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Posted on 24 Nov, 2015 in Non-Fiction | 0 comments

CRAIG MUNRO Under Cover: Adventures in the art of editing. Reviewed by Bruce Sims

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undercoverThis memoir provides insights into the editor’s world, and winning and losing in the publishing game.

Craig Munro poses the central dilemma of this book on the opening page, that author–editor relationships are ‘hidden from public scrutiny by an underworld-style code of silence’. Equally melodramatically, I have always described those relations as subject to the equivalent of ‘the seal of the confessional’. Munro treads a fine line in the book by describing his interactions with some very well-known writers without breaching confidences. I suspect he elides some of the seamier and more unpleasant aspects of the editor’s work in the interests of keeping secrets.

Along the way, however, he reveals much of the delicate nature of a good editor’s work. He is best at describing the warmth which can exist in a beneficial and productive interaction. Perhaps it is his personality but his relaxed accounts belie what is, I suspect, the experience of most editors of being overworked (and underpaid). The necessity of working on a number of things at once while dealing with a multitude of daily queries and demands can sometimes be overwhelming. We don’t get much of a sense of this in the book.

We do get a strong sense of the development of the University of Queensland Press (UQP) and of Munro, the fledgling editor, along with it. The claims for UQP are perhaps a bit strong: ‘an unrivalled literary list’, as well as its premier place in pioneering Indigenous writing. It certainly has been a major supporter of Indigenous writing but there are many earlier examples, including by Jacaranda (We Are Going, Oodgeroo Noonuccal, published as Kath Walker, 1964), and in the old Angus & Robertson list (Because a White Man’ll Never Do It by Kevin Gilbert, 1973) or books like Gilbert’s Living Black (Allen Lane, 1977).

On both points I am partial, having worked for both Penguin Books and Magabala Books, but Munro gives due credit to other publishers such as Fremantle Arts Centre Press and Magabala, as well as to Penguin for taking over UQP’s distribution, despite his reservations about how that operated. Smaller publishers taking up sales and distribution with ‘host’ publishers are almost bound to feel that their authors are given less favourable treatment. From my experience, what happens is that sales reps tend to back winners, whichever publisher they come from. New authors have a tough time breaking through. The Penguin sales team flogged Peter Carey hard for UQP but took a while to promote the success of McPhee Gribble’s Tim Winton.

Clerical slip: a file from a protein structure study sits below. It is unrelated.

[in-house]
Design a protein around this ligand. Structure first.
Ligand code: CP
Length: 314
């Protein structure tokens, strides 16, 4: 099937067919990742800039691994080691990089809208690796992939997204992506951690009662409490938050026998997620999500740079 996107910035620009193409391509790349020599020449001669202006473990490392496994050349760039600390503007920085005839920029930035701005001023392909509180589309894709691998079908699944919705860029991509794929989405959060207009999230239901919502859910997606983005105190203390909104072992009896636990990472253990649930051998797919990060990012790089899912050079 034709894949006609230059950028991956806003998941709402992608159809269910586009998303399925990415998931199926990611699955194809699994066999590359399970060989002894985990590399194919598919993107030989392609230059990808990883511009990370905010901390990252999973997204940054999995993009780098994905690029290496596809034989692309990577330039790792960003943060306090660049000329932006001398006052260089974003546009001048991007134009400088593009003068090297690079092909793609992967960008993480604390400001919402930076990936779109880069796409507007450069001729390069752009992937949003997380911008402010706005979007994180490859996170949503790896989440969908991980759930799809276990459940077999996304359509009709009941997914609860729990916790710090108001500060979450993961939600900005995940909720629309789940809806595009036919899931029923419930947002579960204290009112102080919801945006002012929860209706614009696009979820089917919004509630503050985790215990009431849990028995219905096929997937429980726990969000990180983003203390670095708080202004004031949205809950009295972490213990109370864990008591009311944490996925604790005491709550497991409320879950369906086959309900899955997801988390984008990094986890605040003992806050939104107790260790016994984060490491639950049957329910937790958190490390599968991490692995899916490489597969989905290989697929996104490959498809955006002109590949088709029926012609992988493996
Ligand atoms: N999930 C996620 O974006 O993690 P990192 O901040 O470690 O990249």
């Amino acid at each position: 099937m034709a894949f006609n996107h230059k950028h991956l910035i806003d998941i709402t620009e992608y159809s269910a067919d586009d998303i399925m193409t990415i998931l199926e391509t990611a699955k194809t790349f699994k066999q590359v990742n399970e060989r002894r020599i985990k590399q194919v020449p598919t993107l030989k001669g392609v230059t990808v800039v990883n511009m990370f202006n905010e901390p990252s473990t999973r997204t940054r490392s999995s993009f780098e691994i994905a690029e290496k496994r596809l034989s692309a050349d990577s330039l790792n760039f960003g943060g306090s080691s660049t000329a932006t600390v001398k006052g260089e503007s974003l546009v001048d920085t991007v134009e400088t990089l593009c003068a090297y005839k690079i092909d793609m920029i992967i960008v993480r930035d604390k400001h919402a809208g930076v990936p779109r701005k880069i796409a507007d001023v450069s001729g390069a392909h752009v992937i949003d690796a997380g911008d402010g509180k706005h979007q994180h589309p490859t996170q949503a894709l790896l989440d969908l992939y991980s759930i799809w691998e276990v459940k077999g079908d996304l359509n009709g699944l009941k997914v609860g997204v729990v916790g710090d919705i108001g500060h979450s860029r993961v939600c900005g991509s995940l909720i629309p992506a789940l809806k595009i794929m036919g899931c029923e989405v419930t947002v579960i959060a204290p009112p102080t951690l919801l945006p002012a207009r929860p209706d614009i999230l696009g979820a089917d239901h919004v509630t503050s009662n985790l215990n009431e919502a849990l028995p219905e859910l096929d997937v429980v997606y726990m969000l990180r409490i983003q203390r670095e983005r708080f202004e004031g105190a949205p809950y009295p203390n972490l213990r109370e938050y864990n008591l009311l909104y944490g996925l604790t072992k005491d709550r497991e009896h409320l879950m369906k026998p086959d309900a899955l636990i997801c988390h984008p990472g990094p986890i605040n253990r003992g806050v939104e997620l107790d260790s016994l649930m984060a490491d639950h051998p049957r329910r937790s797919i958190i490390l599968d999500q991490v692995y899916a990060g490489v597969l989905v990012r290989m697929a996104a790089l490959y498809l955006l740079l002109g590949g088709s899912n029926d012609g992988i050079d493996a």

But to the writers, because that is what it is all about. Peter Carey’s brilliant career is treated in some detail. Munro appears less bitter than I would have been about Carey giving UK company Faber world rights to Illywhacker. UQP were left to buy the ANZ rights from Faber, not generous treatment towards his first publisher. UQP did a magnificent job with Carey in this market, only to be eventually rewarded by a sell-out to Penguin via Random House.

Not all authors or their agents are motivated by large advances. Elizabeth Jolley moved from Fremantle Arts Centre Press and UQP to Penguin because she had always wanted to be published by them (for whatever reasons, possibly some kind of old-country recognition). It certainly wasn’t because of any dirty work by her agent, Caroline Lurie, who played with a straight bat throughout. On the other hand, Munro is right to lament large advances which usually could not be earned back through sales and hence royalties. This was good for authors such as Thea Astley who always (according to biographer Karen Lamb) felt under-done by publishers, but was not good for publishers left with a financial hole. The gap in the money could be written off as a marketing expense. However, such pea-and-thimble accounting doesn’t bring the money back and can lead to financial ruin or at least instability.